Kazakhstan Defends Right to take Investors to Task

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Thursday, 07 October 2010 22:12

10.jpgNEFTECOMPASS. Kazakhstanremains defiantly unapologetic over its hard-line stance on foreign investors in a year that has seen it resume its trusted policy of aggressively asserting control over oil and gas projects. After Prime Minister Karim Massimov had reminded the KAZENERGY Eurasian Forum held in Kazakh capital

Astana this week of the need to establish a solid base for foreign investment for Kazakhstan to be known as a reliable supplier, oil and gas minister Sauat Mynbayev admitted that the abrupt reintroduction and planned doubling of the export duty on crude oil exports will “increase uncertainties” but insisted Kazakhstan would try to solve any conflicts in a manageable way. “We didn’t touch PSA [production sharing agreement] contracts,” Mynbayev told the forum, adding that when it comes to the level of export duty charged, “you have to be reasonable.” The current rate of $20 per metric ton ($2.73 per barrel) is not a great burden on exporters but the speed at which it was reintroduced has set alarm bells ringing. The foreign investors in Kazakhstan’s three worldclass oil and gas projects — Karachaganak, Kashagan and Tengiz — have all had their share of run-ins with the government.

The Kazakhs are still locked in negotiations with Karachaganak Petroleum Operating Co. (KPO) over the export duty, which the BG and Eni-led consortium disputes being made to pay, as the Kazakhs look to seal their entry into the project (NC Sep.2,p1). Reluctant Kazakh officials appeared tired of talking about the long-running Karachaganak saga this week, as Mynbayev insisted they were not debating how much of a stake to take but merely “how to improve the work of the project.” “I’m convinced that we have now reached a mutual understanding,” he added. Mynbayev said the Kazakhs had come to an agreement with Tengizchevroil (TCO), the Chevronled operator of the giant onshore Tengiz field that counts Kazakh state Kazmunaigas (KMG) among its member companies, whereby the consortium does not lose any money. TCO has a history of resolving flare-ups with the Kazakh government fairly favorably. “We did have issues with Chevron. There was an issue with sulfur and it was addressed,” Mynbayev said, adding that Kazakhstan needed to utilize the skills and business and technological know-how of Chevron, which is also a partner in Karachaganak.Mark Albers, a senior vice president at Exxon Mobil, which is in the consortia developing Tengiz and Kashagan, also testified this week that the US major had been able to resolve any scrapes it got into. KMG Chairman Timur Kulibayev noted that “not all the nuances in negotiations can be publicized,” adding that a degree of “commercial secrecy” needed to be preserved. The consortium developing Kashagan, which includes KMG as one of the big five partners with an 18.5% interest, is sticking to its end- 2012 schedule for first oil to come on stream despite growing indications that the start-up will slip into 2013. At a press conference in Astana, Kulibayev said all installations would be ready by end-2012 but that commercial production was likely to start in early 2013. Sources close to the project say freezing temperatures during the winter will make it very difficult for the consortium to launch production before spring, 2013.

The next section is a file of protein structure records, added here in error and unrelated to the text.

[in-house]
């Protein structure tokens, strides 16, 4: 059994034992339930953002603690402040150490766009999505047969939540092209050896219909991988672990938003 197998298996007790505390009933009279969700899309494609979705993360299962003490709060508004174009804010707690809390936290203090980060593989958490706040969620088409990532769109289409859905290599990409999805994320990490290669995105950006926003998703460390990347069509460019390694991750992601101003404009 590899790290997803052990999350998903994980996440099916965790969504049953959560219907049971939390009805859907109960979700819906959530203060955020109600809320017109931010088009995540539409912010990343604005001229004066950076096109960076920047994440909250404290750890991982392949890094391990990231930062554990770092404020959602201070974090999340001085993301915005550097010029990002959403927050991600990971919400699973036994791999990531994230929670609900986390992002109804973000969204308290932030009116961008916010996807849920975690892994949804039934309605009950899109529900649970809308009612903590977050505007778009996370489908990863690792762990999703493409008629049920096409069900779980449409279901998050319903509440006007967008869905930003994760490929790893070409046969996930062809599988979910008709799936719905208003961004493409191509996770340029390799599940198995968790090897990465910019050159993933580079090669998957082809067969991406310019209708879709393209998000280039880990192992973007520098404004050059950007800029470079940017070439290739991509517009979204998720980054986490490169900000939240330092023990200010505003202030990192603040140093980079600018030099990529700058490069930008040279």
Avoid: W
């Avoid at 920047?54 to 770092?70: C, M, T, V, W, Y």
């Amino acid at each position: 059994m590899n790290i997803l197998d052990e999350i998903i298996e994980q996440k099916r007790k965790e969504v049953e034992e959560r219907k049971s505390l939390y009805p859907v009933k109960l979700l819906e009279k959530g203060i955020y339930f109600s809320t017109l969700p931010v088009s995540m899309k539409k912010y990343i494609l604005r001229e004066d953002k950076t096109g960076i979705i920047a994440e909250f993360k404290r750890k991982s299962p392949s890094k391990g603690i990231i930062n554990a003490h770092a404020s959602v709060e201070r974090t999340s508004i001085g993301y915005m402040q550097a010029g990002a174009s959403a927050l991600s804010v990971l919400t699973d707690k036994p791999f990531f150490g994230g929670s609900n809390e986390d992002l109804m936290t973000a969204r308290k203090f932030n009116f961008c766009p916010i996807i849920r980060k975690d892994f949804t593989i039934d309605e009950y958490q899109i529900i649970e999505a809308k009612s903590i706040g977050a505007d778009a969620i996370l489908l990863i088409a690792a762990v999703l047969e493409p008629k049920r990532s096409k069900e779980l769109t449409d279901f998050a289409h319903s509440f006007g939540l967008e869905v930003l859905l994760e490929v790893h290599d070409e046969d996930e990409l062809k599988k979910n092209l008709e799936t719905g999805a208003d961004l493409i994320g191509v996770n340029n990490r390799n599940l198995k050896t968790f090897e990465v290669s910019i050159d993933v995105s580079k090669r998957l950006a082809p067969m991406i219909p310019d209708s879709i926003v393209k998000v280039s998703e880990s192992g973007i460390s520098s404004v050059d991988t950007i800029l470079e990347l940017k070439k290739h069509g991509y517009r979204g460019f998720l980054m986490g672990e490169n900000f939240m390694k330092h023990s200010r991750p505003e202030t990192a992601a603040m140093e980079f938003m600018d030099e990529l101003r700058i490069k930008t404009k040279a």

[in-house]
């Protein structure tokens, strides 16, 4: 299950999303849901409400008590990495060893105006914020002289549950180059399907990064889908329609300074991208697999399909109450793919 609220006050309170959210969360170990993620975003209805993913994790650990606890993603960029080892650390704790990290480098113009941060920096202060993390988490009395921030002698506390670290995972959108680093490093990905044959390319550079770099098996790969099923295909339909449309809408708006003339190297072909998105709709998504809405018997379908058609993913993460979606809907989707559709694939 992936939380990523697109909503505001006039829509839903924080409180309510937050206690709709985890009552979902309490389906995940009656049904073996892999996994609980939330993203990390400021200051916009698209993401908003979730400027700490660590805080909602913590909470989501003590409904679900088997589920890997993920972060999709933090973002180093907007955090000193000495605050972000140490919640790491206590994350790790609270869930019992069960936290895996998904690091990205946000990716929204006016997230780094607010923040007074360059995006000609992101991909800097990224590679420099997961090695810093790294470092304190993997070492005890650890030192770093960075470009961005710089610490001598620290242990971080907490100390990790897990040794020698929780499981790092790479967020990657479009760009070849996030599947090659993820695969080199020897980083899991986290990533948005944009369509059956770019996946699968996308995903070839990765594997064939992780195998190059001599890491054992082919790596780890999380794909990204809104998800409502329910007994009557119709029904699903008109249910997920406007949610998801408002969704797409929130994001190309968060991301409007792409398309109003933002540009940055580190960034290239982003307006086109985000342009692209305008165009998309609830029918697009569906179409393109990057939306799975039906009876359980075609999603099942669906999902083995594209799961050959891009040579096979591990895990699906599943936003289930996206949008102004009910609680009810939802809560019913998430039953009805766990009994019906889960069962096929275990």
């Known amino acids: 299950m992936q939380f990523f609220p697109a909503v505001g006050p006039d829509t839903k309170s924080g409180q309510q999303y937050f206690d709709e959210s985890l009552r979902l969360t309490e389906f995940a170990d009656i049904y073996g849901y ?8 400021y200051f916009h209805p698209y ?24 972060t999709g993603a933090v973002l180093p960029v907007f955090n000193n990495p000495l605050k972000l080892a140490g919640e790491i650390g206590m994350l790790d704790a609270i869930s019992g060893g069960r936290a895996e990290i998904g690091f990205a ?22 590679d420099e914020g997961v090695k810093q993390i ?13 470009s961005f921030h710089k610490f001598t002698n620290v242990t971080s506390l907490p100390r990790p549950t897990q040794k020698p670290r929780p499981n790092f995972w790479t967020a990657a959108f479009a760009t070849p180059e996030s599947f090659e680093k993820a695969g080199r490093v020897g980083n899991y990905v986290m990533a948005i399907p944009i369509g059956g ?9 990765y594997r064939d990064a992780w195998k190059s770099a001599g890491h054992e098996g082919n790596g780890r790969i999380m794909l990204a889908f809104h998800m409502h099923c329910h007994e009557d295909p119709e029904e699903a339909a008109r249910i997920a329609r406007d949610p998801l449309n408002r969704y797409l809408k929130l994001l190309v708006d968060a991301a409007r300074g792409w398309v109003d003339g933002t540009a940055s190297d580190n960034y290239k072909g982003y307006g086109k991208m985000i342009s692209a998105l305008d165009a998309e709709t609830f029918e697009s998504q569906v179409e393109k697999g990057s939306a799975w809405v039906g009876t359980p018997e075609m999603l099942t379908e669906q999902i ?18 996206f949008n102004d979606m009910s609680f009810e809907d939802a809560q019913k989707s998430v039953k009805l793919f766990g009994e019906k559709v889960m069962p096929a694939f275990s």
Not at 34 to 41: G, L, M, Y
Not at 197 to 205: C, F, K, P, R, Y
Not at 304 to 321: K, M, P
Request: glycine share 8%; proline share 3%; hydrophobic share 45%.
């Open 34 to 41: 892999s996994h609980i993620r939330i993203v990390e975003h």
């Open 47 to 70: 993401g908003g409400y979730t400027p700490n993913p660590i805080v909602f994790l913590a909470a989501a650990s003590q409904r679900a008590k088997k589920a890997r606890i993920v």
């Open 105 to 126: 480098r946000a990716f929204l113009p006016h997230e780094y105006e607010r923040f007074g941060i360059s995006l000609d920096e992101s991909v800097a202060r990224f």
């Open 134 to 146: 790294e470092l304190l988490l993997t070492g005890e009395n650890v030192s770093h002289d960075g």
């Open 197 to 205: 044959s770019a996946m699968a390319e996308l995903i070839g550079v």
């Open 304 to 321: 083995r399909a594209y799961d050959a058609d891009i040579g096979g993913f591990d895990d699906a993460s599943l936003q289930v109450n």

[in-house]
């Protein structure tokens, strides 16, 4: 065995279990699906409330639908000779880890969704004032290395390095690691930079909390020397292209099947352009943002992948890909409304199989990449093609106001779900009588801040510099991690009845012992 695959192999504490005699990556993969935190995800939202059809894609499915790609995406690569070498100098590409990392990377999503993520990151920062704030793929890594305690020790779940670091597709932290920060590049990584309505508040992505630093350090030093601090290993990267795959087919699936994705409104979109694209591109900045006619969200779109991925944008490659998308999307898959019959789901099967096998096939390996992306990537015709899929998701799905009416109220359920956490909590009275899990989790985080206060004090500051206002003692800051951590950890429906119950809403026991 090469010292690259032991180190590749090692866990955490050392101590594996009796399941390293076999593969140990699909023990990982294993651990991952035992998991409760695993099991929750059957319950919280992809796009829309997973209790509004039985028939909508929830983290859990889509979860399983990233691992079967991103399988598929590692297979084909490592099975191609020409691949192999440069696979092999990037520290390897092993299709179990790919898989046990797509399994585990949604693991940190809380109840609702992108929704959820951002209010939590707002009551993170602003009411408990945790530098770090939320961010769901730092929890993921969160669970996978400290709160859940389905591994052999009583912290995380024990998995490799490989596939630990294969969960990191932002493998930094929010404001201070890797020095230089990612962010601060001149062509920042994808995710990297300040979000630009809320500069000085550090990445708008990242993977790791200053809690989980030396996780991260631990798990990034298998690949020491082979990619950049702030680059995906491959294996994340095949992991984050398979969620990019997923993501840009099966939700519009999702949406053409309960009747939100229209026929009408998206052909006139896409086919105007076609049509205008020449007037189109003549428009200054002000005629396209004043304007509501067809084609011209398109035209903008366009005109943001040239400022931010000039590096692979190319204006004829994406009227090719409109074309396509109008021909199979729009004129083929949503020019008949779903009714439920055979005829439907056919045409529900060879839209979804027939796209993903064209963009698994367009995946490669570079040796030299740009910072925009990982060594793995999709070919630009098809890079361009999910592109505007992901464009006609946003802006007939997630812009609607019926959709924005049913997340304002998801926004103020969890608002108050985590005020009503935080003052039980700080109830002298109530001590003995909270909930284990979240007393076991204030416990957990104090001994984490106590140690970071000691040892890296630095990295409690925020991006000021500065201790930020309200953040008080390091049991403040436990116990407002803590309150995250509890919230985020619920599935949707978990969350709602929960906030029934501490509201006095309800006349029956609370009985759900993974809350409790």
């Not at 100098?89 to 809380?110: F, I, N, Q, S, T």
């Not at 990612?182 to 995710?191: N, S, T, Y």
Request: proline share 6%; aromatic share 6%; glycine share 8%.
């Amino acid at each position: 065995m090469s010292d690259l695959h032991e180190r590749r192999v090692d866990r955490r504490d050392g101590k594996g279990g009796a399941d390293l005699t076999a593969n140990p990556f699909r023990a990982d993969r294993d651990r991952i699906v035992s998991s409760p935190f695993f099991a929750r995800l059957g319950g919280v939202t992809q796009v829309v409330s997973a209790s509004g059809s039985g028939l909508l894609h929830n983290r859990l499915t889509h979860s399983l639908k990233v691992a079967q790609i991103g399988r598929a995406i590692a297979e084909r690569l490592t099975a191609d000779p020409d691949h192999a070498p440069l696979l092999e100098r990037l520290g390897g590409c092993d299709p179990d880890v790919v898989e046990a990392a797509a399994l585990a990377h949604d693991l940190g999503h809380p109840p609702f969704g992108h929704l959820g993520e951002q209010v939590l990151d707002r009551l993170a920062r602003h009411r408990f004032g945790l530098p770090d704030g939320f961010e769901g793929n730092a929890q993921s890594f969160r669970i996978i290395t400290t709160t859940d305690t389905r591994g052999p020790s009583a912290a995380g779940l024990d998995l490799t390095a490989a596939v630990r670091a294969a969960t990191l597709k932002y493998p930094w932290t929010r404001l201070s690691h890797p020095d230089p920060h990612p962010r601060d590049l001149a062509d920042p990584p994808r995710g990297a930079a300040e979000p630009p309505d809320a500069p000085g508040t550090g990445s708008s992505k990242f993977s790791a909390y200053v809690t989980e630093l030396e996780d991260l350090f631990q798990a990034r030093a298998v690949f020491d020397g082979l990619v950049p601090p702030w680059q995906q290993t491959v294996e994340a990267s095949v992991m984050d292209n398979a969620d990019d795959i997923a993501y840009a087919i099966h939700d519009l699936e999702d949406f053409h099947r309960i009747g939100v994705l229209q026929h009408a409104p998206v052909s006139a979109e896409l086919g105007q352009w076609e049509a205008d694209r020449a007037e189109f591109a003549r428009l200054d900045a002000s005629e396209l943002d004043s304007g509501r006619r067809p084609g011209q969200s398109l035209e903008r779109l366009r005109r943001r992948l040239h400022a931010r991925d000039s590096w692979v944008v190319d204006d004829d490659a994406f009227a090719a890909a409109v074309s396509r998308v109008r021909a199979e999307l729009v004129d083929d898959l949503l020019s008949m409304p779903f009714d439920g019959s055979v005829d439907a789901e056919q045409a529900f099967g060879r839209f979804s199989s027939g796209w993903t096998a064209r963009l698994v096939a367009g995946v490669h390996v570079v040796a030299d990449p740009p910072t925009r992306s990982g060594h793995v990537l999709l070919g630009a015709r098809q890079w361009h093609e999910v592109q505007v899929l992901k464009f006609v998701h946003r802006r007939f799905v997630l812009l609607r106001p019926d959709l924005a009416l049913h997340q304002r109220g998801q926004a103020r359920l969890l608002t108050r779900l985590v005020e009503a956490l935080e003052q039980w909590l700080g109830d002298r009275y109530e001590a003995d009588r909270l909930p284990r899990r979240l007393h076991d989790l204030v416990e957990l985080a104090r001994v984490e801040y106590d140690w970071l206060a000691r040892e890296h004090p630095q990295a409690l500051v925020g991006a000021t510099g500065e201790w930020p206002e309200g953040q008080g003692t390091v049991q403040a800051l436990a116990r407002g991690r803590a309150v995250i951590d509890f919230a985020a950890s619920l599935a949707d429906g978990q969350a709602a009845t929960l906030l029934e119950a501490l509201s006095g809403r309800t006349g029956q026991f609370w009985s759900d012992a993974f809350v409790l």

A slight slippage in Kashagan’s early oil production would not be disastrous as the consortium, under an agreement that was hammered out with the Kazakh government in  2008, was set an absolute deadline of Oct. 1, 2013. But if that deadline lapses, the partners would be liable to pay steep penalties and would likely lose all the government’s good will. There have already been three delays in start-up, which was initially due in 2005, and was then moved to 2008 and subsequently to 2011. Under Kashagan Phase 1, which will continue to be operated by Italy’s Eni, production will ramp up to around 370,000 b/d, possibly rising to 450,000 b/d. The North Caspian Operating Co. (NCOC), which was established in early 2009 and is effectively a joint operatorship shared by KMG, Royal Dutch Shell, Exxon Mobil, Total and Eni, will implement Phase 2, which will see production hit the 1 million b/d mark. NCOC would not confirm a statement made recently by KMG President Kairgeldy Kabyldin that Phase 2 start-up, which was originally earmarked for 2015-2016, had been pushed back to 2018-2019.


Tom Daly and Paul Sampson